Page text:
St. Stephens, Alabama
|St. Stephens, Alabama|
St. Stephens Courthouse in "New" St. Stephens, completed in 1854.
|Elevation||226 ft (69 m)|
|Time zone||Central (CST) (UTC-6)|
|• Summer (DST)||CDT (UTC-5)|
St. Stephens is an unincorporated census-designated place in Washington County, Alabama, United States. As of the 2010 census, its population was 495. Located near the Tombigbee River in the southwestern part of the state and 67 miles north of Mobile, it is composed of two distinct sites: Old St. Stephens and New St. Stephens. The Old St. Stephens site lies directly on the river and is no longer inhabited. It was the territorial capital of the Alabama Territory. Now encompassed by the Old St. Stephens Historical Park, it is listed on the National Register of Historic Places.
Changes in the territorial capital and transportation resulted in the Old St. Stephens being bypassed by development. "New" St. Stephens developed two miles inland around a railway station, but adjacent to the old site. It is the location of the post office, Baptist and Methodist churches, and residences. It has one building listed on the National Register and another on the Alabama Register of Landmarks and Heritage.
Old St. Stephens was situated on a limestone bluff that the Native Americans called Hobucakintopa, at the fall line along the Tombigbee River where rocky shoals forced the end of navigation for boats traveling north from Mobile, 67 miles to the south. As early as 1772, English traveler Bernard Romans noted that "sloops and schooners may come up to this rapid; therefore, I judge some considerable settlement will take place." By 1789 the Spanish governor of Mobile, Juan Vincente Folch, established a fort and outpost here. By 1796 over 190 white inhabitants, mostly settlers from the United States, and their some 97 slaves were living around the fort. By the Treaty of San Lorenzo, Spain turned the fort over to the United States government on February 5, 1799. It was included in the Mississippi Territory.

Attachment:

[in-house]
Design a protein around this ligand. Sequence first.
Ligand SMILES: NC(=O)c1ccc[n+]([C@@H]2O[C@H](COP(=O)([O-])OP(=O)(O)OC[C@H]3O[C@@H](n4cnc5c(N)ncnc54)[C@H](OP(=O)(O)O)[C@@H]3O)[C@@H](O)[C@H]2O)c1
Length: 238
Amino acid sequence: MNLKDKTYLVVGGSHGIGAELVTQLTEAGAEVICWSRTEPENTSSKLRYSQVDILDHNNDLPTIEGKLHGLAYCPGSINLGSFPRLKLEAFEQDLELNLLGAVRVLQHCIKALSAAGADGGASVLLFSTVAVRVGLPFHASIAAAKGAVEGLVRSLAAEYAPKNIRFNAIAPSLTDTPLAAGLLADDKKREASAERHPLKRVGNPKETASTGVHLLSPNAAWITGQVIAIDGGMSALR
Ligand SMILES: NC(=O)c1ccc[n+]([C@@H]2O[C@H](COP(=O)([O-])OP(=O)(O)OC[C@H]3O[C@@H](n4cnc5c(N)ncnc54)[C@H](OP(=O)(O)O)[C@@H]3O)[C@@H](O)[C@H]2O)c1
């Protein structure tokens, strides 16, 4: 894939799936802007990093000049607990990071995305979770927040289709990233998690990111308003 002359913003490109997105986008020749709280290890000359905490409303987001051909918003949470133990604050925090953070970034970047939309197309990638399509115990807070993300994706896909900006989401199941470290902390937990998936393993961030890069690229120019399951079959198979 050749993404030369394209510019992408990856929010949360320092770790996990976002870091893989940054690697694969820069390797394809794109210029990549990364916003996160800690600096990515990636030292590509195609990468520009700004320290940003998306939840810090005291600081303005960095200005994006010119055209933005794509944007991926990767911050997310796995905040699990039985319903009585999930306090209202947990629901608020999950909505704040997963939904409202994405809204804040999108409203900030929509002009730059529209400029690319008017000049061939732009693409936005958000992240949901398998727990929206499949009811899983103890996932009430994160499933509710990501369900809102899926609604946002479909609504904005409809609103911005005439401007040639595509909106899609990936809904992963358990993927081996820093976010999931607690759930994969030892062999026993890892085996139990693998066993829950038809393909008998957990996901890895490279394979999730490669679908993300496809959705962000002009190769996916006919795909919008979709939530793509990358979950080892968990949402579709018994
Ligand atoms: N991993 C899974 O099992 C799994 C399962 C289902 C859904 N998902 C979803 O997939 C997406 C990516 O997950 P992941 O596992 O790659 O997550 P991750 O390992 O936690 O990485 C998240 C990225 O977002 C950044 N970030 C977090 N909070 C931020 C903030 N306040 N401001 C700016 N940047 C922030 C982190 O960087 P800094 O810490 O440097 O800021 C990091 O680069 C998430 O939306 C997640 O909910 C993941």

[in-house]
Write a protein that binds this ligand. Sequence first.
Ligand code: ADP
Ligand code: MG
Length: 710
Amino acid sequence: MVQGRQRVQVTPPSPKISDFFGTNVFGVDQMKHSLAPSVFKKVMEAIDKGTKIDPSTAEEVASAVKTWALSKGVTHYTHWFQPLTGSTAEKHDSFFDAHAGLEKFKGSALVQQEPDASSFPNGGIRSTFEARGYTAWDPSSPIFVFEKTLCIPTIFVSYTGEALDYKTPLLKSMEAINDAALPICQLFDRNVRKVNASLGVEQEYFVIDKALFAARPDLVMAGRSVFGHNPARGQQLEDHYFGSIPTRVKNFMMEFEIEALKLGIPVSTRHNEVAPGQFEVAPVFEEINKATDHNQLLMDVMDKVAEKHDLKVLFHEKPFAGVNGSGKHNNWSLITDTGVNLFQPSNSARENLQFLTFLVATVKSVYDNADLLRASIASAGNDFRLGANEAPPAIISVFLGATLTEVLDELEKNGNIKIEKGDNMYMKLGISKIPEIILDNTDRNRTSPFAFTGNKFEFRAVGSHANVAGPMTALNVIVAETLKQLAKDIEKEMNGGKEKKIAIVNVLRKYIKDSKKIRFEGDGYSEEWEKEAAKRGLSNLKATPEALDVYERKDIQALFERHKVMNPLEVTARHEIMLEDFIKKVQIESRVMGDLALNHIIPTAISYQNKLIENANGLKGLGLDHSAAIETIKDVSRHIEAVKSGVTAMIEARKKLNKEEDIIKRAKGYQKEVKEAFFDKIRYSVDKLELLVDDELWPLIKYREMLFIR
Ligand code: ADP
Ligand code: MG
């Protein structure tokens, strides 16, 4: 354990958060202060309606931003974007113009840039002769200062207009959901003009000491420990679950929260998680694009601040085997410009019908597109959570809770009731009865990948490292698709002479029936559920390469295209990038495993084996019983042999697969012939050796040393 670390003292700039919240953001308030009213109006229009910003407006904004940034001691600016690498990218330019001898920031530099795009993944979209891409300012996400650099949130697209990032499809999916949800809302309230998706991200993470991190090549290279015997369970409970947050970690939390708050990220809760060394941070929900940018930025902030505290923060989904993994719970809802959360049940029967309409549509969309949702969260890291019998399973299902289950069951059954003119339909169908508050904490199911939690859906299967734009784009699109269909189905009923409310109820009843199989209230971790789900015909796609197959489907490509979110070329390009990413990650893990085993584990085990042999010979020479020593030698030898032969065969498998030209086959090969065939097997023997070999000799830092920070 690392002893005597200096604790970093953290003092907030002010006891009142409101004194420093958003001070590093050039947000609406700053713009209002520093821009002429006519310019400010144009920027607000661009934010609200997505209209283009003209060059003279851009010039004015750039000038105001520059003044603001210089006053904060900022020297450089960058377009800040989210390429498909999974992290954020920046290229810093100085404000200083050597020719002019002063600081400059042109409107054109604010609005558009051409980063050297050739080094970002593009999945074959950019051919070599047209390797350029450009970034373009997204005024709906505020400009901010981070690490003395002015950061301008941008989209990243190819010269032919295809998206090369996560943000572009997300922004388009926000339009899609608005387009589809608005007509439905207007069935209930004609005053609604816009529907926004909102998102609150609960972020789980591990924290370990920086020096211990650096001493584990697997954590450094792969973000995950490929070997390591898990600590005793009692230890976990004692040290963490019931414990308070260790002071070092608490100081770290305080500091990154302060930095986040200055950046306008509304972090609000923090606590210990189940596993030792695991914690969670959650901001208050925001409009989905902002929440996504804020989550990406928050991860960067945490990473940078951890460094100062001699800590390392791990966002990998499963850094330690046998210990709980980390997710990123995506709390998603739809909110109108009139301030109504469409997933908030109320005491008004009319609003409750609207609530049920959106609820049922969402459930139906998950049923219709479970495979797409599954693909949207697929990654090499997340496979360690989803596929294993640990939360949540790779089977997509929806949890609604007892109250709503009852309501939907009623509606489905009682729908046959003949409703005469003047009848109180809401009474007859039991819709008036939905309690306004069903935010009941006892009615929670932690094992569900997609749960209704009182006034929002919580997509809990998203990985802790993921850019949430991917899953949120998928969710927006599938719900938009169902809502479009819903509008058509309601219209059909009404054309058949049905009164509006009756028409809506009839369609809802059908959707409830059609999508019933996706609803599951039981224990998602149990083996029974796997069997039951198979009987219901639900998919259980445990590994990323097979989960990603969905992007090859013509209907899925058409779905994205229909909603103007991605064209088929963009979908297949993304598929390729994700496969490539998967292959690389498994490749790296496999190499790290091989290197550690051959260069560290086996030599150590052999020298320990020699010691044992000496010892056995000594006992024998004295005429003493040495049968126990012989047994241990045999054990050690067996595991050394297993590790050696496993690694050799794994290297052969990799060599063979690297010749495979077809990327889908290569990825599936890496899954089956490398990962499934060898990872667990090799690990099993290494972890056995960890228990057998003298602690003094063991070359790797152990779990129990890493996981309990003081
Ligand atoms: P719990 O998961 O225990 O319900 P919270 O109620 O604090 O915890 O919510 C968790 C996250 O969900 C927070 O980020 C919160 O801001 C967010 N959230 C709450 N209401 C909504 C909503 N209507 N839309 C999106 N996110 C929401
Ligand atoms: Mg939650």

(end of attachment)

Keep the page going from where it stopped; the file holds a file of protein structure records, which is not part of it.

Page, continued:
The Choctaw Trading House was established in 1803 at St. Stephens. George Strother Gaines was appointed to head the Choctaw Agency in 1805. He continued to use the old Spanish blockhouse as the agency's store and established a land office in the former warehouse. The home of the former Spanish commandant served as Gaines' residence. In 1811 Gaines constructed what may have been the first brick building built by Americans in Alabama; it served as a warehouse.